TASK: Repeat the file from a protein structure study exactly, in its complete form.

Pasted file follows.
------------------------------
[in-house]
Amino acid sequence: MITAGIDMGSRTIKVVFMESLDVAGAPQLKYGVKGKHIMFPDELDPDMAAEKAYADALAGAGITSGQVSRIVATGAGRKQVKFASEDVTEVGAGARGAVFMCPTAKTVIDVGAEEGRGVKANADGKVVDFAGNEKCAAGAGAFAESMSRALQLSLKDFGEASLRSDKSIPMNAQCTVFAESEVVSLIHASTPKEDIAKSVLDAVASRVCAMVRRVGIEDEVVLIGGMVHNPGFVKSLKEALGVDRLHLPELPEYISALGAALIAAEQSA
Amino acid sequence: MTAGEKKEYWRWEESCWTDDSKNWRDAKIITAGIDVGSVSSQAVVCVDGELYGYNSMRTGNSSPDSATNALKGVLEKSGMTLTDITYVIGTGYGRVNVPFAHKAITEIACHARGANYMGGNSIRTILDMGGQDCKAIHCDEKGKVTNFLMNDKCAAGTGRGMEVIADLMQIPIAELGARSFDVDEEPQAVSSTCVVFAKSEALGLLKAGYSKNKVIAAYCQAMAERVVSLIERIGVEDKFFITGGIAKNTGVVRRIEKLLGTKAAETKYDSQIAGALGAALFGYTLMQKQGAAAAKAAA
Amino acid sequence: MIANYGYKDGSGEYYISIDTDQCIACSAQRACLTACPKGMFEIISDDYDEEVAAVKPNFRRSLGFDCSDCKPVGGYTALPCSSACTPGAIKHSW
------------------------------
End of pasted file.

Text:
[in-house]
Amino acid sequence: MITAGIDMGSRTIKVVFMESLDVAGAPQLKYGVKGKHIMFPDELDPDMAAEKAYADALAGAGITSGQVSRIVATGAGRKQVKFASEDVTEVGAGARGAVFMCPTAKTVIDVGAEEGRGVKANADGKVVDFAGNEKCAAGAGAFAESMSRALQLSLKDFGEASLRSDKSIPMNAQCTVFAESEVVSLIHASTPKEDIAKSVLDAVASRVCAMVRRVGIEDEVVLIGGMVHNPGFVKSLKEALGVDRLHLPELPEYISALGAALIAAEQSA
Amino acid sequence: MTAGEKKEYWRWEESCWTDDSKNWRDAKIITAGIDVGSVSSQAVVCVDGELYGYNSMRTGNSSPDSATNALKGVLEKSGMTLTDITYVIGTGYGRVNVPFAHKAITEIACHARGANYMGGNSIRTILDMGGQDCKAIHCDEKGKVTNFLMNDKCAAGTGRGMEVIADLMQIPIAELGARSFDVDEEPQAVSSTCVVFAKSEALGLLKAGYSKNKVIAAYCQAMAERVVSLIERIGVEDKFFITGGIAKNTGVVRRIEKLLGTKAAETKYDSQIAGALGAALFGYTLMQKQGAAAAKAAA
Amino acid sequence: MIANYGYKDGSGEYYISIDTDQCIACSAQRACLTACPKGMFEIISDDYDEEVAAVKPNFRRSLGFDCSDCKPVGGYTALPCSSACTPGAIKHSW